Nature's Greatest Copycat Shifts More Soil In A Year Than Any Other Animal

When it comes to ecosystem maintenance, the lyrebird is certainly earning its keep. Alex Maisey

You might already be familiar with the lyrebird, famous for its mimicry allowing it to copy anything and anyone, from other bird species to the sound of a camera’s shutter. A new study published in the journal Ecological Applications however has discovered that this incredible bird has a second talent, as the world’s most active soil shifter. In the process of foraging, a lyrebird moves around 155 tons of dirt and soil in a year, the most of any animal on Earth. The amazing feat contributes a huge amount to forest ecology, assisting with nutrient cycling, maintenance of soil‐dwelling invertebrate communities, and even post‐fire ecosystem recovery.

Found in the forests of Eastern Australia, the lyrebird Menura novaehollandiae is an engineer when it comes to its environment, making alterations to their surroundings that impact the habitats of a host of organisms. A team of researchers from La Trobe University, Australia took a look at lyrebird populations in the Central Highlands of Victoria to see how these animals were changing the landscape over two years. Their findings revealed that on average the lyrebirds displaced 155 tons of soil and leaf litter per hectare in a single year while foraging for food, the equivalent of 11 dump trucks.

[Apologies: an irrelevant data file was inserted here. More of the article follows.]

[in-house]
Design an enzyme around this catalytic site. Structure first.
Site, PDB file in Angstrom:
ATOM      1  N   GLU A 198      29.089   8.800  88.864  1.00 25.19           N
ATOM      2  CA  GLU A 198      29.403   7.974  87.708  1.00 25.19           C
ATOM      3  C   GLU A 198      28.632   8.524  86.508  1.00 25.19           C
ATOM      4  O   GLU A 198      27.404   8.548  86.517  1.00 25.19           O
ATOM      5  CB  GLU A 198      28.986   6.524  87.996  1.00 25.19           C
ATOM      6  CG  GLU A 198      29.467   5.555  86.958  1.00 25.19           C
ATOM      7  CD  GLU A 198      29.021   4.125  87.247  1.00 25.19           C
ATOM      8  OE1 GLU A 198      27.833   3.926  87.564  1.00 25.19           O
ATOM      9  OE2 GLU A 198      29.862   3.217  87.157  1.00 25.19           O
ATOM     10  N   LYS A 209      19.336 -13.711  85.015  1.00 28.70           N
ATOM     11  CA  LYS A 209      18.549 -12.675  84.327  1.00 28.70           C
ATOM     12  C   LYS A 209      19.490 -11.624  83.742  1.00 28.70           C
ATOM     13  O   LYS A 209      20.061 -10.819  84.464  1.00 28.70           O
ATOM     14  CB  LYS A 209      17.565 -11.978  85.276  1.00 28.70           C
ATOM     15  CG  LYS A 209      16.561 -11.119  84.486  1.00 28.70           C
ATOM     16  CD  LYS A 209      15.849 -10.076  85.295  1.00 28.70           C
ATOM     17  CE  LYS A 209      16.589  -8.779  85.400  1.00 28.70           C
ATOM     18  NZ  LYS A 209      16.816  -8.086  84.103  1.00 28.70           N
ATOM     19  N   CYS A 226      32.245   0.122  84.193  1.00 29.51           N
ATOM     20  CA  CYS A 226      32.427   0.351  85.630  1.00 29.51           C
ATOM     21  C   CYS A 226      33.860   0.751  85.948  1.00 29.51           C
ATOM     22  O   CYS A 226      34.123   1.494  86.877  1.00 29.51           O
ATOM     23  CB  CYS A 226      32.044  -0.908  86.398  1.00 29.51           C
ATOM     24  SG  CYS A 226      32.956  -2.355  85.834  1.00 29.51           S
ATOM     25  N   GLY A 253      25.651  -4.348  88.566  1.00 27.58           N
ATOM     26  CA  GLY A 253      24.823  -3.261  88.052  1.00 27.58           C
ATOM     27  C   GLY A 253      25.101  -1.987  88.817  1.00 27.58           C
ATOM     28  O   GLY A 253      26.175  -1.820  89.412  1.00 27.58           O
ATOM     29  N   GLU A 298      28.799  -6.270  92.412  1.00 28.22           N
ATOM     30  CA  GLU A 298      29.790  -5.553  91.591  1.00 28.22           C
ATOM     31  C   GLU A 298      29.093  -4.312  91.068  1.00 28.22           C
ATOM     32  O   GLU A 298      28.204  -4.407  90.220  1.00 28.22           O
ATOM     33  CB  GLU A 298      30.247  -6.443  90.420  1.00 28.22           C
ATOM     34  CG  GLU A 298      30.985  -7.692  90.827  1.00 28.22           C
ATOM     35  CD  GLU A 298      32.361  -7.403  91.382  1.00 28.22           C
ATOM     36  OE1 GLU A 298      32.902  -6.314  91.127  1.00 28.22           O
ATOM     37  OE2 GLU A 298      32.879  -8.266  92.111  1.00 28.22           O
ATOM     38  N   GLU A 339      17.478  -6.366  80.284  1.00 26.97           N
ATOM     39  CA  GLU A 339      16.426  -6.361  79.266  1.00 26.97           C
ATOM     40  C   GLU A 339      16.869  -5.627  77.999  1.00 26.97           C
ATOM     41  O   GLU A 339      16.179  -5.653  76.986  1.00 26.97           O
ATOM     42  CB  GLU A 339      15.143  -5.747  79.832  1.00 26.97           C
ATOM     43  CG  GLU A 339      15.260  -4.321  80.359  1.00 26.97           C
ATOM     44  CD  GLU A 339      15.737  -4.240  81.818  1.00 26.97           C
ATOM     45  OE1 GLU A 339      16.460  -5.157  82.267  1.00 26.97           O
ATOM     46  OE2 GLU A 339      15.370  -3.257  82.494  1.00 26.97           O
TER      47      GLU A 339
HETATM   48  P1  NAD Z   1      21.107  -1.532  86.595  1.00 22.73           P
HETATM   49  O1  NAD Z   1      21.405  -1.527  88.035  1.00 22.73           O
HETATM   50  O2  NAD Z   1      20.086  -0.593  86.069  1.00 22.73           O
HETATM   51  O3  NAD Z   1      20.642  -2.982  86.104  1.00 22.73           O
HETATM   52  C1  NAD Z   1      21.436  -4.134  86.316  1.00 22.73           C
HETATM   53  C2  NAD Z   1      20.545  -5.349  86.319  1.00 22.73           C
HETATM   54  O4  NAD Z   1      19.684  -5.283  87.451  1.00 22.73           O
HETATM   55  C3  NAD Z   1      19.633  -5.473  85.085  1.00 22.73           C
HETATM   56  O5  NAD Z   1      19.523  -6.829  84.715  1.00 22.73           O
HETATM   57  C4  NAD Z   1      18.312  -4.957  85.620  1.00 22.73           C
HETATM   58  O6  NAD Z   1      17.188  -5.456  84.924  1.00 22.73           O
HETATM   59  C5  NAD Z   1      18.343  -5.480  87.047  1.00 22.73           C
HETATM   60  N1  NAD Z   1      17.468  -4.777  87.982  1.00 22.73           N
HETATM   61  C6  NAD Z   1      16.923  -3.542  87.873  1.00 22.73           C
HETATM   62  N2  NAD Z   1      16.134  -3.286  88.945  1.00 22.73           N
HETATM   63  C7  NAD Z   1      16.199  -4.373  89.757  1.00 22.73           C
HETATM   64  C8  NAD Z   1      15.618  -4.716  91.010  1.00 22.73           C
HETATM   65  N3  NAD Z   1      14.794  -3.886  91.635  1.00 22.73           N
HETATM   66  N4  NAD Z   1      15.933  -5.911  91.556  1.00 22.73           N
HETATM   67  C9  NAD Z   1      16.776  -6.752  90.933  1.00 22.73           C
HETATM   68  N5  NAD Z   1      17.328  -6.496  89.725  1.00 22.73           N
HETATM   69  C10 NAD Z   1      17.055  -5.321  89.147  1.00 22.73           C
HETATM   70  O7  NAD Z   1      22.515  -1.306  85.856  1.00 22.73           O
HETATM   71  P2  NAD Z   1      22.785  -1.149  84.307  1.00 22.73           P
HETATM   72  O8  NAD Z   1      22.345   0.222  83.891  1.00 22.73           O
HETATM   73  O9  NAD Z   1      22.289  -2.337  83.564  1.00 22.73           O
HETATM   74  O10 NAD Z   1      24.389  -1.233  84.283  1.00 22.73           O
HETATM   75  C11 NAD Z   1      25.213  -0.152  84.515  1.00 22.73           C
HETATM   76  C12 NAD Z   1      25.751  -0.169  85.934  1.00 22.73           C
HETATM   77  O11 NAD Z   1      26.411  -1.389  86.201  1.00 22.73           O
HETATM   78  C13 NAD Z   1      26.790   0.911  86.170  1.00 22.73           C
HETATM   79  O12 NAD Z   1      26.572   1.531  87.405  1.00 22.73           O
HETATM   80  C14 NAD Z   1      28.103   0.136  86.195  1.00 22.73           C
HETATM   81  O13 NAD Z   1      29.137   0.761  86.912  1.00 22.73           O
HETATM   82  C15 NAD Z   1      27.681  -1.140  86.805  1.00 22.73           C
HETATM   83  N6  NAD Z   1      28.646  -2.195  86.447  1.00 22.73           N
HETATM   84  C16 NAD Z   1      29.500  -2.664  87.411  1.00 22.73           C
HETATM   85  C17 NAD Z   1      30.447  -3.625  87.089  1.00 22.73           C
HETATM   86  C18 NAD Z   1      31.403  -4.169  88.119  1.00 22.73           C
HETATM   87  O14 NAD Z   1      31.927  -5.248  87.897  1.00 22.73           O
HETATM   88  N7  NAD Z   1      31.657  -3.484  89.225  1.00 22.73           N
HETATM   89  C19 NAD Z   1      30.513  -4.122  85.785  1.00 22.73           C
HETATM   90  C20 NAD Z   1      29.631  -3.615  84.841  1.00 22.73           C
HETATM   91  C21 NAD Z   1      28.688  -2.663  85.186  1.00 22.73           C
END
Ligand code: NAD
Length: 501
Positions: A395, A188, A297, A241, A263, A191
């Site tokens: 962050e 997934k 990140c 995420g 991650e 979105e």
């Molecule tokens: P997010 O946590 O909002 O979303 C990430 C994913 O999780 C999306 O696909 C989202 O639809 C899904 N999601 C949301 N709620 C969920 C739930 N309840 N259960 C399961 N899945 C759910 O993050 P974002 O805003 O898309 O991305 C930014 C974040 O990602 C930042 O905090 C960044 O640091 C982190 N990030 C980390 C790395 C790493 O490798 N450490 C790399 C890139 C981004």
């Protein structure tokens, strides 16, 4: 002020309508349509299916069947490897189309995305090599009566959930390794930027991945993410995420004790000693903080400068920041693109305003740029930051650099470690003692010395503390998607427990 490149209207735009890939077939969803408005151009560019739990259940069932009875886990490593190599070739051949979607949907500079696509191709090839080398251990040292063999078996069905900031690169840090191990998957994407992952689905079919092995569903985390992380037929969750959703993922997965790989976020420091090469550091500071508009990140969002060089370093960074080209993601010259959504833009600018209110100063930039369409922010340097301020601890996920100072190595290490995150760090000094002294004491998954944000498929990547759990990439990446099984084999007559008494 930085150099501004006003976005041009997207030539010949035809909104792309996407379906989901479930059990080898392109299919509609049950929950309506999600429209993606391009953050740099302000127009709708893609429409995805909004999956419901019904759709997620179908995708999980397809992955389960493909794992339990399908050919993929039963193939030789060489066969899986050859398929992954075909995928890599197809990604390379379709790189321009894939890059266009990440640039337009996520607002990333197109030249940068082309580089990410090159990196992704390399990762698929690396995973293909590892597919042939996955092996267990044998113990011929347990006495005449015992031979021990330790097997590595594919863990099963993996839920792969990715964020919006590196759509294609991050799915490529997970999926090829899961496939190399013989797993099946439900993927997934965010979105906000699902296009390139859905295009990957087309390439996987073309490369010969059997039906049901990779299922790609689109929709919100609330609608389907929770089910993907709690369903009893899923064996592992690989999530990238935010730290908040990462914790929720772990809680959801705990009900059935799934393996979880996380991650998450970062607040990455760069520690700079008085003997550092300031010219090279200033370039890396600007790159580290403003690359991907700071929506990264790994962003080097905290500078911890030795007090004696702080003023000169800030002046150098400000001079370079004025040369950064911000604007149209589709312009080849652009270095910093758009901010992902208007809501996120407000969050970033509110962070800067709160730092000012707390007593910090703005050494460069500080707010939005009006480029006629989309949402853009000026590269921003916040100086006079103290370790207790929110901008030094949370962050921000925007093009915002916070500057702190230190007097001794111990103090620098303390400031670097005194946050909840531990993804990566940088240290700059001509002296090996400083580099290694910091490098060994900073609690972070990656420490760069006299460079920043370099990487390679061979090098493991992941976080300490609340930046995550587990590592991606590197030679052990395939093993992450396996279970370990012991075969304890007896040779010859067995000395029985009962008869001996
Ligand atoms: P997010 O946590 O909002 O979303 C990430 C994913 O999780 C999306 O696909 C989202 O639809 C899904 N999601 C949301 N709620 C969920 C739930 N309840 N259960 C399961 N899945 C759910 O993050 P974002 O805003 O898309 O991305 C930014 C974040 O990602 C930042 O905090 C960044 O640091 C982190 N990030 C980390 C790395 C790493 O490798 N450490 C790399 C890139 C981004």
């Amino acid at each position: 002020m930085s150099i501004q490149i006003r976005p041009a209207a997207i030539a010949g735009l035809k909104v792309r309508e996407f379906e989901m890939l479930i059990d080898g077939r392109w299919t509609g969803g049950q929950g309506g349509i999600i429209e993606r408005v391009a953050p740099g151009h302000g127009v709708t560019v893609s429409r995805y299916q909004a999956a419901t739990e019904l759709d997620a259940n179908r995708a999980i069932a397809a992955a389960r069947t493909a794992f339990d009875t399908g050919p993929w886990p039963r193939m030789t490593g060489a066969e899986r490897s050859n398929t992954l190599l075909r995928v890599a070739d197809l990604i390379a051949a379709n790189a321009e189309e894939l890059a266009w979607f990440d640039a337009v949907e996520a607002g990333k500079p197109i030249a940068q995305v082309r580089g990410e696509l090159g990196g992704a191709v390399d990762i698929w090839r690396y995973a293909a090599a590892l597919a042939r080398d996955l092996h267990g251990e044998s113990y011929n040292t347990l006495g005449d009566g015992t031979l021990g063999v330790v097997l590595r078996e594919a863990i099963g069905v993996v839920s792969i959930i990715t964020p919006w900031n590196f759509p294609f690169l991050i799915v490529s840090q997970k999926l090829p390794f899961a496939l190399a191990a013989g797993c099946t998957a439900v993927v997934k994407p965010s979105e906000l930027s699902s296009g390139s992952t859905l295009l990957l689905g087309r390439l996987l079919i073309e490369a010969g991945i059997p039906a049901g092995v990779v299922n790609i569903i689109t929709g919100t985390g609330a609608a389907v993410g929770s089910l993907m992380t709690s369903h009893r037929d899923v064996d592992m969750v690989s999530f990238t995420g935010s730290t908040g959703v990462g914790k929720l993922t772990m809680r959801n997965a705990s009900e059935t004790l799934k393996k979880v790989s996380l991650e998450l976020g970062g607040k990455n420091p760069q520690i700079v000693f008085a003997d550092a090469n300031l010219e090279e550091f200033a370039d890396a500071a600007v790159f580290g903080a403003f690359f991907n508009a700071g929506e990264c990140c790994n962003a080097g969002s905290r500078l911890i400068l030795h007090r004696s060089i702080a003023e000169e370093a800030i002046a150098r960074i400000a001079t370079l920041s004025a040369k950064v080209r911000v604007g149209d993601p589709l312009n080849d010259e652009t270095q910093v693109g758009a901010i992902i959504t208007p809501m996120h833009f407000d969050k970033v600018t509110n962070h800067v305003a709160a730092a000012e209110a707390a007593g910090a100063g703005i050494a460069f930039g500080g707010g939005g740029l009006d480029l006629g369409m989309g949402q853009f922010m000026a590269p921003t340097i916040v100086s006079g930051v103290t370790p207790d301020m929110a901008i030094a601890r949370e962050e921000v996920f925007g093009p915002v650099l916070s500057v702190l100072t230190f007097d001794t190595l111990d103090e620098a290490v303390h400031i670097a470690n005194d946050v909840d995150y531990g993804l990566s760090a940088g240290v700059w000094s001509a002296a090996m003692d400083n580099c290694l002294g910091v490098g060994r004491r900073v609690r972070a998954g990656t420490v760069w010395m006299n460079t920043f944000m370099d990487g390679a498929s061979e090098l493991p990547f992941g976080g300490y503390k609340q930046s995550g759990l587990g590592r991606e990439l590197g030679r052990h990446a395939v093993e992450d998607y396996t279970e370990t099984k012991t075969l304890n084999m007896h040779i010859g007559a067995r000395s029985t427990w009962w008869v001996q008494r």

The researchers propose the lyrebird constitutes an ecosystem engineer in the forests of south‐eastern Australia due to the sheer volume of soil and litter it turns over when foraging. “The enormous extent of litter and soil turned over by the superb lyrebird is unparalleled by any other vertebrate soil engineer in terrestrial ecosystems globally,” write the authors in the study. “The profound influence of such foraging activity on forest ecosystems is magnified by its year‐round pattern and widespread distribution.”

Their influence is such that it has implications for entire communities of organisms, from the invertebrates which live within the soil the birds kick about to the wider forest ecosystem as their behavior alters how forests react to and recover from fires. They assist with decomposition, which is a vital step in nutrient cycling, and even shape the composition of ground-layer plant species, changing the face of the landscape.

The researchers write that the tireless efforts of the lyrebirds are of vital importance to forest ecosystems, and as such maintaining lyrebird populations is critical. The discovery is also of particular importance topically speaking, as the forests of Australia face an uncertain future following unprecedented wildfires in eastern Australia in summer 2019/2020 which severely burned around 12 million hectares of forest, including roughly 30 percent of the geographic range of the superb lyrebird.

“In the face of climate change and the growing risk of severe bushfires, understanding the role that species such as the superb lyrebird play in ecosystems is more important than ever,” said lead researcher Alex Maisey in a statement. “As champions of biodiversity, conservation of this species should be a key priority in the management of wet forests in south-eastern Australia.

“Without lyrebirds, Australia’s forests would be vastly different places, with impacts extending well beyond the absence of their glorious song or their mimicked sounds of camera clicks.”


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